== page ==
Ode to nothing
Oda Sa Wala, big winner in the recent QCinema international festival, is a study on the life and times of an embalmer (played by Marietta Subong a.k.a. Pokwang) and her friendship with a found corpse

Ode to nothing

Juaniyo Arcellana (The Philippine Star) - November 15, 2018 - 12:00am

Blitz review

MANILA, Philippines — Dwein Baltazar’s Oda Sa Wala, big winner in the recent QCinema international festival, is a curious yet lyrical study on the life and times of an embalmer in a funeral parlor and her friendship with a found corpse. Shot in brooding duotone by cinematographer Neil Daza, the film suggests that time not only passes slowly in the real macabre world, but patience and humor may be the only keys out of a humdrum, seemingly dead-end existence.

Marietta Subong, a.k.a. the actress formerly known as Pokwang, essays the lead role of nothing from nothing, being front and center of this dark comedy that further conveys the unusual worldview of its director, also its writer and editor. Baltazar also made waves earlier this year at the CineFilipino festival in Manila, with Gusto Kita With All My Hypothalamus a well-wrought love poem for the Quiapo-Sta. Cruz area and the elusive chase for the muse in the urban maze.

The film begins auspiciously enough with a shot of a light bulb surrounded by water moths (gamugamo) that usually signal the season’s first rain, with Chinese folk song Mo Li Hua playing in the background. When a pair of strangers pop up in the parlor with a bloodied corpse and ask the old maid Sonya (Subong) to clean it and keep mum, she has no choice but to comply and thereafter her luck seems to have changed, as if camaraderie with a dead old woman gives the embalmer new eyes to view the world.

Suddenly, Sonya never runs out of stiff customers to service, and she gets back to talking with her equally cryptic father played by Joonee Gamboa. The corpse is dressed up and tidied, bathed and injected with regular supply of formalin to slow down decomposition, is even strapped to an upright wooden gurney to join the living during meals. Indeed, the bridge between father and daughter could be the corpse herself, a silence ironically becoming a wellspring for words.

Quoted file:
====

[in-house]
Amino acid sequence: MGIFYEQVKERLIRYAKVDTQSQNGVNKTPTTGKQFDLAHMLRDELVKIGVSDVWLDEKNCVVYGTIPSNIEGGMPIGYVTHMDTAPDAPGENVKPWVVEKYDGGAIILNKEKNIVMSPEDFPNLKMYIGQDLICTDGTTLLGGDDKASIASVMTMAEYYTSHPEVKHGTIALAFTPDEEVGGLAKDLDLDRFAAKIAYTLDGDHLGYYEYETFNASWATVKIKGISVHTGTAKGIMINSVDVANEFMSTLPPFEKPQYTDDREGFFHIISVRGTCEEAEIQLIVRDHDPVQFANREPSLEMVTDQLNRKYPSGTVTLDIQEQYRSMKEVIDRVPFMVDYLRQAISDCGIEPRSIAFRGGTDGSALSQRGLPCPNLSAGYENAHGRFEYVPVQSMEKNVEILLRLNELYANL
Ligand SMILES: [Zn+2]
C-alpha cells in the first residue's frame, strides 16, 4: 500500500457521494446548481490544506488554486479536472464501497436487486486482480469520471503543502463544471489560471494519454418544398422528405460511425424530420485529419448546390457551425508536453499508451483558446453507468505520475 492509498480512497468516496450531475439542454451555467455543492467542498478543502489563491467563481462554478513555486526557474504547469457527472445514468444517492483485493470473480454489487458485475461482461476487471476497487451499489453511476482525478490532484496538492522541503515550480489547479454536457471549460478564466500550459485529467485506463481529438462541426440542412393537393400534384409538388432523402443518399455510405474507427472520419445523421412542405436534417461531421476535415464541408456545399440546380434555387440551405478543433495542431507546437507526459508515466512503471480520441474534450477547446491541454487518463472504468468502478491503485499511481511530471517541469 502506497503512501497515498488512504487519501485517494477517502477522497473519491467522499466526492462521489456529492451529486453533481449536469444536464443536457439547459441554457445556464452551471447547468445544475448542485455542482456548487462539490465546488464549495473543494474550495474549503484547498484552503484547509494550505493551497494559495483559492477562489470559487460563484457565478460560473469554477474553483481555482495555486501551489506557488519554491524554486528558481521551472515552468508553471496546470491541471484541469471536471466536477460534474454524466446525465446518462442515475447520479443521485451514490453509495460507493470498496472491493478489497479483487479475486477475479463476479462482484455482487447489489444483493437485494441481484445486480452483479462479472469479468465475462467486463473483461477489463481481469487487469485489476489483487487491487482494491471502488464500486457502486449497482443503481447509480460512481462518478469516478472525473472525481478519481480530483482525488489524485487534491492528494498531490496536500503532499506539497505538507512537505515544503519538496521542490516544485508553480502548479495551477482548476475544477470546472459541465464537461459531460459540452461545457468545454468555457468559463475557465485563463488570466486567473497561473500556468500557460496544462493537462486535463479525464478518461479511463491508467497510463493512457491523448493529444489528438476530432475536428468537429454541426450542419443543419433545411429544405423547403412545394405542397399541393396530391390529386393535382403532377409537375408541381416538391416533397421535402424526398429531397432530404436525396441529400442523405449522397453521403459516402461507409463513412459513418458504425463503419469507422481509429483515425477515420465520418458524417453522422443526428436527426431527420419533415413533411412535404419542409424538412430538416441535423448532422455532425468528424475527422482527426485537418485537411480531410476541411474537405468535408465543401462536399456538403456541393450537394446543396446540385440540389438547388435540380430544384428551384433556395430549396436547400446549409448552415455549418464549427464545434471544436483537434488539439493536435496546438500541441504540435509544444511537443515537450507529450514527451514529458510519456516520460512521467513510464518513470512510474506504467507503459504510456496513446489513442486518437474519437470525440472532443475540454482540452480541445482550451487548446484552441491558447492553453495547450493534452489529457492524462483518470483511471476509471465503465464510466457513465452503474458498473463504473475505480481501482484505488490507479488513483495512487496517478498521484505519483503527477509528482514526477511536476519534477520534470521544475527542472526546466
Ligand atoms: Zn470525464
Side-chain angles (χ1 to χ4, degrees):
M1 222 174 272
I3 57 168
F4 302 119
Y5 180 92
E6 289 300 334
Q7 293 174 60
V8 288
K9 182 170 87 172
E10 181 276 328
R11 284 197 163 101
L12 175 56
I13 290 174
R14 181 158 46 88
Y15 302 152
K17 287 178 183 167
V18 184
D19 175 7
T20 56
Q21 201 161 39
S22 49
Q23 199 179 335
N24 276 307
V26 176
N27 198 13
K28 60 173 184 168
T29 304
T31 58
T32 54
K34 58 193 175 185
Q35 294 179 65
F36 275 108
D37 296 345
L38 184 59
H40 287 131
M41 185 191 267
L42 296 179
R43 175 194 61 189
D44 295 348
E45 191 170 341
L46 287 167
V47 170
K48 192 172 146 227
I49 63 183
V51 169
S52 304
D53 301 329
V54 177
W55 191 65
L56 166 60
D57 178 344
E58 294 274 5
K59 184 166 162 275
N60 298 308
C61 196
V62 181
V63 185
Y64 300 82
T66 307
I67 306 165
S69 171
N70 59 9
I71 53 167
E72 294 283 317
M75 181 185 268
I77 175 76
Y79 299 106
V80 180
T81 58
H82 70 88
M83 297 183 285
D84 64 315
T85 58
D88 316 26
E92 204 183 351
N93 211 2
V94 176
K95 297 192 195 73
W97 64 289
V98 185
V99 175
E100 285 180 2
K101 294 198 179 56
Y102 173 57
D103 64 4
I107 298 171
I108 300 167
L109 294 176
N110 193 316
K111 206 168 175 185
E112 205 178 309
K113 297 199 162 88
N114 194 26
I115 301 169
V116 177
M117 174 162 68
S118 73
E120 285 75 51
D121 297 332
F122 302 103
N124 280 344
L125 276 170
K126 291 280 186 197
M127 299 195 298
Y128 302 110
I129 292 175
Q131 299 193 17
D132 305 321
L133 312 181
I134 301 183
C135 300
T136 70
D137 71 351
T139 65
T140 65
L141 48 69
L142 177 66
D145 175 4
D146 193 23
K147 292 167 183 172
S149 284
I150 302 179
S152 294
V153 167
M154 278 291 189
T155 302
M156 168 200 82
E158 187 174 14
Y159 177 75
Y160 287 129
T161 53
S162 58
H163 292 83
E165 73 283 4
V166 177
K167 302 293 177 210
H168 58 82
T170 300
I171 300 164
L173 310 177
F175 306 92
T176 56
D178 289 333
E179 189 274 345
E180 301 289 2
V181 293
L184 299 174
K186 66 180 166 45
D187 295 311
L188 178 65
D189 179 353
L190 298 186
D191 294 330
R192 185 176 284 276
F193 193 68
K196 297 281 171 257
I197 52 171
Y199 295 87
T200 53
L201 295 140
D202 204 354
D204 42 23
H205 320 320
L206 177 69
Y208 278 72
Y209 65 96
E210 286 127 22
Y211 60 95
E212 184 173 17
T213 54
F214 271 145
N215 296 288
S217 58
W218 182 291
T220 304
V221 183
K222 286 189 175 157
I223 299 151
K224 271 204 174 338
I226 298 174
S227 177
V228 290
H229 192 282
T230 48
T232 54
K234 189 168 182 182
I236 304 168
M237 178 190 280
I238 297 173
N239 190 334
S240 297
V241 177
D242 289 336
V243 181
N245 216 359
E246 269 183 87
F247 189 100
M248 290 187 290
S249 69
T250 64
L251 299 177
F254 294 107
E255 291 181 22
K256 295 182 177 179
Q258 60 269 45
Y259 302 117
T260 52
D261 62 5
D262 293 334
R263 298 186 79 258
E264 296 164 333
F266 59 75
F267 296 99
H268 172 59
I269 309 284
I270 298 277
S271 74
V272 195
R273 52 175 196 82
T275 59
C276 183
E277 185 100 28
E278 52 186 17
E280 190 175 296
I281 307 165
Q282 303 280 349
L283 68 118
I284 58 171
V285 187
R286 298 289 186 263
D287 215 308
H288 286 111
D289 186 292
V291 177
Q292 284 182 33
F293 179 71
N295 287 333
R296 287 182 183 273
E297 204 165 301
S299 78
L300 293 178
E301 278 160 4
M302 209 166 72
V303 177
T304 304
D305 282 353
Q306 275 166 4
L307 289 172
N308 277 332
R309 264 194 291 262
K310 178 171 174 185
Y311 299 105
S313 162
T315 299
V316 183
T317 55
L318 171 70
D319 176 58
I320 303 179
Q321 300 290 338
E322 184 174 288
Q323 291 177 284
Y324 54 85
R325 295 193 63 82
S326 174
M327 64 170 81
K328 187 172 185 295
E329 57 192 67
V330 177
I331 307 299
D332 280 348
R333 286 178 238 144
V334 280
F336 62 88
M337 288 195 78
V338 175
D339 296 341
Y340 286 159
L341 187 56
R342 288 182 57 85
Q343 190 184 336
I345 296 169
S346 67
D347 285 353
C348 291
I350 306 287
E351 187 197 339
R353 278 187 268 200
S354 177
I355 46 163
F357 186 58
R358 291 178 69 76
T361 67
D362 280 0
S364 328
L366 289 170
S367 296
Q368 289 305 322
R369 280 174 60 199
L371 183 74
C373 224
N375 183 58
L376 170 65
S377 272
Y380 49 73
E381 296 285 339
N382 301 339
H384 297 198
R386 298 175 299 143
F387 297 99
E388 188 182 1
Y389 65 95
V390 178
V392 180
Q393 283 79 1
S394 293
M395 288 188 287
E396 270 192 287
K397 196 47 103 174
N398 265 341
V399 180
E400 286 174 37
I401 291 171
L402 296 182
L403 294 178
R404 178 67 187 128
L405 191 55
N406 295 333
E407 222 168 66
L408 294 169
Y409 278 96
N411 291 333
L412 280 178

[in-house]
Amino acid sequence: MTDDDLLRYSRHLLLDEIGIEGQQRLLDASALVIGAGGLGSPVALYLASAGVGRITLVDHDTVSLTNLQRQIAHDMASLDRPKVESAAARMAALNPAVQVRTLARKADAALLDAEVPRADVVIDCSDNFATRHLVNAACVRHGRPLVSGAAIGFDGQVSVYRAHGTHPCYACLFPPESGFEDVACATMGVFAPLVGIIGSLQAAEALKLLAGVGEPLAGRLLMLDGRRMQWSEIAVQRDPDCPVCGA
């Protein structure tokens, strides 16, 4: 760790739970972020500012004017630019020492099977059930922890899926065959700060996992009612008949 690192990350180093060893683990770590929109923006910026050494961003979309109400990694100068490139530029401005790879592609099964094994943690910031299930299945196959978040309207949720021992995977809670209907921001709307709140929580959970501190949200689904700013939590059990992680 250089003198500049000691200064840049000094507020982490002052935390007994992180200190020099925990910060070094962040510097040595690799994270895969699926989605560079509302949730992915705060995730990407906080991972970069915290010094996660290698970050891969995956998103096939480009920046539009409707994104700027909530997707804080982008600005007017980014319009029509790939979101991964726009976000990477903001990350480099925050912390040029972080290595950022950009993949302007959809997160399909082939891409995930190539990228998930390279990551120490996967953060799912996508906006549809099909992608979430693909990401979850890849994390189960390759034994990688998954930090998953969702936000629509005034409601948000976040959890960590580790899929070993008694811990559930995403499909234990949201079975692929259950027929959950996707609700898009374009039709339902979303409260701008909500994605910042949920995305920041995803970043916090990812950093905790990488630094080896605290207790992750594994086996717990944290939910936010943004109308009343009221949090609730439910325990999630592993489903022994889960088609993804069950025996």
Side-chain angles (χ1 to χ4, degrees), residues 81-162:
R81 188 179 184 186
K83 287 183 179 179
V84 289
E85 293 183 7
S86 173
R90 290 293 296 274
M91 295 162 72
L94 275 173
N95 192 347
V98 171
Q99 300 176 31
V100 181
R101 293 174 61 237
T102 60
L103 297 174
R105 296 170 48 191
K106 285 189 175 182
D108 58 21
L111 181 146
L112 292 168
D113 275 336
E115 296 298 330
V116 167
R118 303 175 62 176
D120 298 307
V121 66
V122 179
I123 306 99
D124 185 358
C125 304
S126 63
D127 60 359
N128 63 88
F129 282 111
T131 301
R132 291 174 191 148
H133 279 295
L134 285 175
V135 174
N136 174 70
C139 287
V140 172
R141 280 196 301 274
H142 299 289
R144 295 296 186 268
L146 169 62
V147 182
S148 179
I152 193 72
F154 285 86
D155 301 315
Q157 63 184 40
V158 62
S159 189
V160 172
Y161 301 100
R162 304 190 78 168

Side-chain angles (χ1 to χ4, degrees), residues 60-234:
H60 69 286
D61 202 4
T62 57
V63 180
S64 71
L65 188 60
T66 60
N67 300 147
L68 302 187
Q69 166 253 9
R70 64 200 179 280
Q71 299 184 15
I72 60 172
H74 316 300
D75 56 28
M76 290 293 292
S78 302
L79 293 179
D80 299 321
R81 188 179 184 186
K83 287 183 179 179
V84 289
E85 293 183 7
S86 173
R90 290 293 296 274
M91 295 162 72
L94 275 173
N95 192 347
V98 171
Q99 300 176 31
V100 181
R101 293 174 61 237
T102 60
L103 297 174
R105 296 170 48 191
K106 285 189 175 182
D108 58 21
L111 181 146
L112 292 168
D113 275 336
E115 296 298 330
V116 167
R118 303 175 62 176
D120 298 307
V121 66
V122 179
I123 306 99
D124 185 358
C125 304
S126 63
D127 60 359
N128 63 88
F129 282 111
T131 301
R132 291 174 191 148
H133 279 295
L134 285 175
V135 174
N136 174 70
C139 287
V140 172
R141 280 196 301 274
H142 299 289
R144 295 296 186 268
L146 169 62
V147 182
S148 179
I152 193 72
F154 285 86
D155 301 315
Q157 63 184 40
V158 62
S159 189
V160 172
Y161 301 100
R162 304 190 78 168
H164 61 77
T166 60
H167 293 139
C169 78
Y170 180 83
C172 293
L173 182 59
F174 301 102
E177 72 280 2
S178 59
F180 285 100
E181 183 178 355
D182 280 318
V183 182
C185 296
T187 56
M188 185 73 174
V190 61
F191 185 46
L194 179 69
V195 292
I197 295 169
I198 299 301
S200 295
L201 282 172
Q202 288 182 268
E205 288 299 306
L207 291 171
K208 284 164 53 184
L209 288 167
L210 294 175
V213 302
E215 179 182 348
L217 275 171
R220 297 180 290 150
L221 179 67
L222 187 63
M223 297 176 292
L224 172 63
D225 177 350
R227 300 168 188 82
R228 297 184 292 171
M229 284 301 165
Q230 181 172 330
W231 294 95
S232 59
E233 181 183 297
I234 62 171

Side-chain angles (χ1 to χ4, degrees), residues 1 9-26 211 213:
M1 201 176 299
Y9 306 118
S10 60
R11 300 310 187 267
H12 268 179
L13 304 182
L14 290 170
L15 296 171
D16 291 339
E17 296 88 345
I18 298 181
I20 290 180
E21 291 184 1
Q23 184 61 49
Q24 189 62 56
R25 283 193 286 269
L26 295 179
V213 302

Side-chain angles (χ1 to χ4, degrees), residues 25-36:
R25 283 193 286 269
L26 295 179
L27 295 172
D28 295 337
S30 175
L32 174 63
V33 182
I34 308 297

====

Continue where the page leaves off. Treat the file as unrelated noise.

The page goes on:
Sonya befriends a taho vendor, Elmer (Anthony Falcon), whose grandfather’s body she had also embalmed, and whose peddled sweet stuff makes the woman’s heart beat faster. Hijinks in the story come in the form of the usurer Theodor (Dido dela Paz), who never misses a beat to squeeze the funeral parlor owner of her meager earnings.

Things eventually come to a head although in a quiet nondescript way. There’s hardly any music scoring except for the Chinese ditty, and the parade of customers seeking Sonya’s funereal service is a microcosm of grief’s varied faces, including the found corpse’s real daughter who is perhaps inexplicably turned away — we all have our motives, however dark and dreary.

No spoilers here because it’s best to find time and catch the film yourselves wherever and whenever, a tonal poem easily one of the year’s standouts. The filmmaker has never been one to shirk topics that linger on the deep end. Her repetitious use of mirrors is reminiscent of Lino Brocka but inventive in and of itself.

Oda Sa Wala, which is from a poem by Jim Libiran, may bring us a step or two closer to a distinctly Asian, if not Filipino cinema. It goes well beyond necrophilia, but a friendship unusual and touching that echoes the hollow in an empty soul. When one hits rock bottom, there is no other way but to consort with our respective found angels.

Like Raya Martin and Shireen Seno, filmmakers both named in consecutive batches of the 13 artists award, Baltazar should also be considered for a similar honor for her distinctly lyrical and memorable work. You’ll be hearing from her if you haven’t already, just like those plaintive Chinese songs spilling out of the shops on Ongpin Street.

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